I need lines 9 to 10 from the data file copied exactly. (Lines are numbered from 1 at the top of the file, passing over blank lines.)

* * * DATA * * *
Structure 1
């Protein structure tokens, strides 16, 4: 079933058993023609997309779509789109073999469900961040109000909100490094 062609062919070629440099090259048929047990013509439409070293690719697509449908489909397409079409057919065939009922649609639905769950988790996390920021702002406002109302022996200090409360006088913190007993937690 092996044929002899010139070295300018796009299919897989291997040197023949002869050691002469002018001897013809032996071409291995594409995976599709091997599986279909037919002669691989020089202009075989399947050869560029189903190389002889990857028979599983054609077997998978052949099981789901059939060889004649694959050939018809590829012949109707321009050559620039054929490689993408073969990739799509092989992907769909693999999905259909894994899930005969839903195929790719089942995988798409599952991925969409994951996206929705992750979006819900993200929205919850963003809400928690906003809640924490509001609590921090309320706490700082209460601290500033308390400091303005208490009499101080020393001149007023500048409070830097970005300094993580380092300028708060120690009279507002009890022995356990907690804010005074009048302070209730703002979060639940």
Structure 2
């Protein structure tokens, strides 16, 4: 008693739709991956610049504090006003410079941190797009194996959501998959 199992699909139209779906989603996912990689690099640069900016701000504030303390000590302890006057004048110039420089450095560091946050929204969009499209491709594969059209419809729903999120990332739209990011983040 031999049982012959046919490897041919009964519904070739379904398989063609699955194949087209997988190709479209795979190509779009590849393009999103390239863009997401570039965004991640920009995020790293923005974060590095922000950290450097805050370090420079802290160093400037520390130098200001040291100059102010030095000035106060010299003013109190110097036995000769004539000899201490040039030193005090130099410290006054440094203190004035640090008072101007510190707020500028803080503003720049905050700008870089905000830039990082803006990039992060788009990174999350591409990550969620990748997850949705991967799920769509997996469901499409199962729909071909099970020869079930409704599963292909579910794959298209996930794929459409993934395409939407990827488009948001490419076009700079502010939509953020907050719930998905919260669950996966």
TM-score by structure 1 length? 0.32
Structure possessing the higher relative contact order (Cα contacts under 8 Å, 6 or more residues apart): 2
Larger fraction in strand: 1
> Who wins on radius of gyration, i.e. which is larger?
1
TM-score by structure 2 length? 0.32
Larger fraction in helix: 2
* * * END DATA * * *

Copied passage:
1
TM-score by structure 2 length? 0.32